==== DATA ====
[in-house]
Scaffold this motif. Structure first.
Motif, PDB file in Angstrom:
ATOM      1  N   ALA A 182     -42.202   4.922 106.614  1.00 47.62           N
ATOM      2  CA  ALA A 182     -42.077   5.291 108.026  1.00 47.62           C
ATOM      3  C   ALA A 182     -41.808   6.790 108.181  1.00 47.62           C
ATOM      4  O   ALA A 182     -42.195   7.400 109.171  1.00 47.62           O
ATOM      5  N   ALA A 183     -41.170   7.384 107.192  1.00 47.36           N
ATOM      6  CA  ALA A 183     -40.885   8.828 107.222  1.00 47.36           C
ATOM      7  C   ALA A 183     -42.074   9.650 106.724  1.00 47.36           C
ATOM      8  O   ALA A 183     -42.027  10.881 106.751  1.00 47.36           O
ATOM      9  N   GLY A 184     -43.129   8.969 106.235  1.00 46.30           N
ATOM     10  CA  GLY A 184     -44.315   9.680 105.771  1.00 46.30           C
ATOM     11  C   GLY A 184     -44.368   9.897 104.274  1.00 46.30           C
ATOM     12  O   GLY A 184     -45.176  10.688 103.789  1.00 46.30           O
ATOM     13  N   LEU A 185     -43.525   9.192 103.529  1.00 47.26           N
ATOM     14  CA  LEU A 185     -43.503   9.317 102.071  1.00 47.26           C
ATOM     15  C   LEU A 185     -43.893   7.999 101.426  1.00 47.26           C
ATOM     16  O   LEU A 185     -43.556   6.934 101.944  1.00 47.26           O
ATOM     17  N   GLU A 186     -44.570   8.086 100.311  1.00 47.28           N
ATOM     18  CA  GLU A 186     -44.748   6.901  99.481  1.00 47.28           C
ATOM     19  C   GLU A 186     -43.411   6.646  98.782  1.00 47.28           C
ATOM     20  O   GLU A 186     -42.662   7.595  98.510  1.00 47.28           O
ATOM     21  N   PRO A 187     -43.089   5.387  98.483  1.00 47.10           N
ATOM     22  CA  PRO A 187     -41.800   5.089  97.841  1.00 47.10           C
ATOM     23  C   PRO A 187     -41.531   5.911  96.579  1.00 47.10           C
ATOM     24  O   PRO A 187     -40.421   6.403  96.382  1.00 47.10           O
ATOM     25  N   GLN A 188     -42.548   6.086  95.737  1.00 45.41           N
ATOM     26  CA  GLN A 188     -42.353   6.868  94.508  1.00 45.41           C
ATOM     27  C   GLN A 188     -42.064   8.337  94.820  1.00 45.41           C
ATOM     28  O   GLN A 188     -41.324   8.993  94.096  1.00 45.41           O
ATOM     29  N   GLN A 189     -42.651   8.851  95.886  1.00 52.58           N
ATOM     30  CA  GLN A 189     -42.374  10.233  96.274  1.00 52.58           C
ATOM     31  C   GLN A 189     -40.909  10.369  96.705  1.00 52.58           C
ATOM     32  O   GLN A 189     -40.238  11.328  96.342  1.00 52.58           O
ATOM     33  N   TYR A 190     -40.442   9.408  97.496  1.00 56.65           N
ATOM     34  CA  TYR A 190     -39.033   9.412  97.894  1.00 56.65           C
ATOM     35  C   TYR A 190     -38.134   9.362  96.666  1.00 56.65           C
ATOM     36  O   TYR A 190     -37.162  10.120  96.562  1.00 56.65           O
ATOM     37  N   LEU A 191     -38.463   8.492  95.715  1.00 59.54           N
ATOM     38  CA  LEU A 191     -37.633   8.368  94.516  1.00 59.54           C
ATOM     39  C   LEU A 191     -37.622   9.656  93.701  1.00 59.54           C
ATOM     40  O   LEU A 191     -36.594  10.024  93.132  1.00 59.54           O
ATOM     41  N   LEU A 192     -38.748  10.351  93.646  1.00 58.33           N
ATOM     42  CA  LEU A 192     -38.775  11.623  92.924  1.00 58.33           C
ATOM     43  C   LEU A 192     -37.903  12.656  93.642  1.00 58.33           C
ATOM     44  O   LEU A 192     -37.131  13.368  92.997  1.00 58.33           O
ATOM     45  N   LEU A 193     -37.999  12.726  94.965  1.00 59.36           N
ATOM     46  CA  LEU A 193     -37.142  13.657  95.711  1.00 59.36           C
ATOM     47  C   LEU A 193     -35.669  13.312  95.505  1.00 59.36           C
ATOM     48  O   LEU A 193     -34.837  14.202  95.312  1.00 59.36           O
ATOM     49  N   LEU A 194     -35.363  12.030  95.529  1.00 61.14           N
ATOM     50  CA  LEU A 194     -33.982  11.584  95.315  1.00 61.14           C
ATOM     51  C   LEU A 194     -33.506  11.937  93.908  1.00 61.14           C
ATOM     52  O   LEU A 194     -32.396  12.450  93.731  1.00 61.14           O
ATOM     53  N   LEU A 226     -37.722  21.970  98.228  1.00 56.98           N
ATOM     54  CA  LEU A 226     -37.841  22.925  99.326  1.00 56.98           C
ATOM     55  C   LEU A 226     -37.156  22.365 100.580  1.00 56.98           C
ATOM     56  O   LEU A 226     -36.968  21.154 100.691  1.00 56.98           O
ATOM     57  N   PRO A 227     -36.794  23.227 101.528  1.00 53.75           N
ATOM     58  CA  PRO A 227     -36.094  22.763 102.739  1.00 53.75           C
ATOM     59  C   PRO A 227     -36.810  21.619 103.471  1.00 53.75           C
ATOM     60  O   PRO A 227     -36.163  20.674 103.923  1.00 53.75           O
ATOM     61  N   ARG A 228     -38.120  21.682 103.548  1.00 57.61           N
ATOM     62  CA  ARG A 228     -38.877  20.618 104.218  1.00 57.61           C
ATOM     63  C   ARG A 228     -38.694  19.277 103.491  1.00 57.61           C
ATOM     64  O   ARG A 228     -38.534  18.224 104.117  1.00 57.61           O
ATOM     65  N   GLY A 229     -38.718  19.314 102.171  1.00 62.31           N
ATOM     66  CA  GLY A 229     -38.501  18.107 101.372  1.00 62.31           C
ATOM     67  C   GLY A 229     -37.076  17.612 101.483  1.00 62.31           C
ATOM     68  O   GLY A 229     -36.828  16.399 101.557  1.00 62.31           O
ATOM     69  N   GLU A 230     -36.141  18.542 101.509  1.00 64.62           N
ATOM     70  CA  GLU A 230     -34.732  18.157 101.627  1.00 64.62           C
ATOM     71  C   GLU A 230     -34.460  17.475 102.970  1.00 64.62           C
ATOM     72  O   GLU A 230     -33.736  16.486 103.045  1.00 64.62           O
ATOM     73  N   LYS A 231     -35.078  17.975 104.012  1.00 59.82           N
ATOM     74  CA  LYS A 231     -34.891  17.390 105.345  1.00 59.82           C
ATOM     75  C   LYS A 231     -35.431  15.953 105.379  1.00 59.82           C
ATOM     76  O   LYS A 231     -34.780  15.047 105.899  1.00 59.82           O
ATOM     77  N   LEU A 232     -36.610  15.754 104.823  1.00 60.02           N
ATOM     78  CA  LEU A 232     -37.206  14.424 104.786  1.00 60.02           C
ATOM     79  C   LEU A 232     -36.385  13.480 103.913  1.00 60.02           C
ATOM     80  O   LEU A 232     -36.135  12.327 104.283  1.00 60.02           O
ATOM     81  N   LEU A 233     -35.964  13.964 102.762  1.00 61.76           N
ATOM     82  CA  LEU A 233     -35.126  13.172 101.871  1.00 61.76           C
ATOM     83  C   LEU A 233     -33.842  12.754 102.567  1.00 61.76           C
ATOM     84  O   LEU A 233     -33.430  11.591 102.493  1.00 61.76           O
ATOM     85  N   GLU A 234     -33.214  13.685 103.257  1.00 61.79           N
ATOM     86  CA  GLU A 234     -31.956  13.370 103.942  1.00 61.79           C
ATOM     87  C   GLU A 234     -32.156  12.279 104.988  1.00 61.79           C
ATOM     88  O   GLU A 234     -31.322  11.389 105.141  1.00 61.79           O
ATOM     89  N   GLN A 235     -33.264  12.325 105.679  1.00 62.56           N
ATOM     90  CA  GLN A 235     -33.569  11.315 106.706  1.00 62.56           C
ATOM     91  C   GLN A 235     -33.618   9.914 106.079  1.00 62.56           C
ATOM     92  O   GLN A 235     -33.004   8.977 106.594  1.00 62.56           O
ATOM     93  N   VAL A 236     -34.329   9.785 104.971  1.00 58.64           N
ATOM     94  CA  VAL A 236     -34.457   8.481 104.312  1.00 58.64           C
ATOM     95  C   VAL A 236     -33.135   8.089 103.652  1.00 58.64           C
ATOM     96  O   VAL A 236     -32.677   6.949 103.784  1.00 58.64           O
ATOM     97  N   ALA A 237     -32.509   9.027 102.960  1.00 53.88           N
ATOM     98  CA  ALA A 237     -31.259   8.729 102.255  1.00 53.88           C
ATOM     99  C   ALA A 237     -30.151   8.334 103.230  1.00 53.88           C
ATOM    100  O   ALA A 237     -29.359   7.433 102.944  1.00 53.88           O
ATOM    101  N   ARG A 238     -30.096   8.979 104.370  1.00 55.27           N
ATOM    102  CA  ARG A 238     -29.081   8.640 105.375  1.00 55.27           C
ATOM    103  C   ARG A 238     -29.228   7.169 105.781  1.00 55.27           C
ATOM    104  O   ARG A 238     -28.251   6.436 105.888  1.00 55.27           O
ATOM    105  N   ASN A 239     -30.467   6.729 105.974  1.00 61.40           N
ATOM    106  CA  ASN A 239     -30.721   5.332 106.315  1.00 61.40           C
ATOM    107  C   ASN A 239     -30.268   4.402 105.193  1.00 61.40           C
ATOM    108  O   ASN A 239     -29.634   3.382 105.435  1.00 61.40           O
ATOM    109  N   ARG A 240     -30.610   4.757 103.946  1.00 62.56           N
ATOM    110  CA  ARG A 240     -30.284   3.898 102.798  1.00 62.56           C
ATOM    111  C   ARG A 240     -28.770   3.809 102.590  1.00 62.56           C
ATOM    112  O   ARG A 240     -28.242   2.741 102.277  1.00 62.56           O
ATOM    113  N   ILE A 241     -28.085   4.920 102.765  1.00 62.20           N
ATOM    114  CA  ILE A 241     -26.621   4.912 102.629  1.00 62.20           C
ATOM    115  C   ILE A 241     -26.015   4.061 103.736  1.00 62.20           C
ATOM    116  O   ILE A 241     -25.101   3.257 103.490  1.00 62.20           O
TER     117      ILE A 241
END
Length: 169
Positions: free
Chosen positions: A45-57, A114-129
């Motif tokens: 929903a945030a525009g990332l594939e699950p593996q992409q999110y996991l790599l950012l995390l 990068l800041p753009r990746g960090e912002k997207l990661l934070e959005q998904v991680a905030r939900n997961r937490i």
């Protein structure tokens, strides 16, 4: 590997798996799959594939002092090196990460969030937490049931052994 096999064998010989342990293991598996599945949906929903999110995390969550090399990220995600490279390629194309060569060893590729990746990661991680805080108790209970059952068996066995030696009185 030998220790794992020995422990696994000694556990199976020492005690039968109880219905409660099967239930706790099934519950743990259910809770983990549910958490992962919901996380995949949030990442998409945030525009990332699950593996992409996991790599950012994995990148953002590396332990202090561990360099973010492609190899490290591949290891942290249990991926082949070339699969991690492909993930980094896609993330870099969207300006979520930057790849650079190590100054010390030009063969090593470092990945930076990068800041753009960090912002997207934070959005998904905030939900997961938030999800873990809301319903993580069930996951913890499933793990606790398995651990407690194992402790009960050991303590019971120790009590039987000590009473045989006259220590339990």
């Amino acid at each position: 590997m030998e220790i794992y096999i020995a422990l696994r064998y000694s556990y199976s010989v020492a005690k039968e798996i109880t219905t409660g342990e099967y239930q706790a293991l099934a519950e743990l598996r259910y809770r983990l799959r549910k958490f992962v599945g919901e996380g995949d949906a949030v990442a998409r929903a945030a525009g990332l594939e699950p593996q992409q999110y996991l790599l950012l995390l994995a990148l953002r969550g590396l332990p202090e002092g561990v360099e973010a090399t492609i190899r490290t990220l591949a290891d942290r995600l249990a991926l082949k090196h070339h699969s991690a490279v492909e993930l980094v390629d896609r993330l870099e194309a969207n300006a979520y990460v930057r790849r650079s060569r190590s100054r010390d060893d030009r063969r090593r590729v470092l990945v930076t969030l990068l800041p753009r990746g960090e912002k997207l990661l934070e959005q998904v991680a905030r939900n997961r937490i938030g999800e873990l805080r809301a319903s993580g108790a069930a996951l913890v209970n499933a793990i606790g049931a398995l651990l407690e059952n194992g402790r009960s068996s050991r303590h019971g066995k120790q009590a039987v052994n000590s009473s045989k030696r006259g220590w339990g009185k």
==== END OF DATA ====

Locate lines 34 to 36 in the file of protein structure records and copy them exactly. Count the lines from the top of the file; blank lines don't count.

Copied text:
ATOM     31  C   GLN A 189     -40.909  10.369  96.705  1.00 52.58           C
ATOM     32  O   GLN A 189     -40.238  11.328  96.342  1.00 52.58           O
ATOM     33  N   TYR A 190     -40.442   9.408  97.496  1.00 56.65           N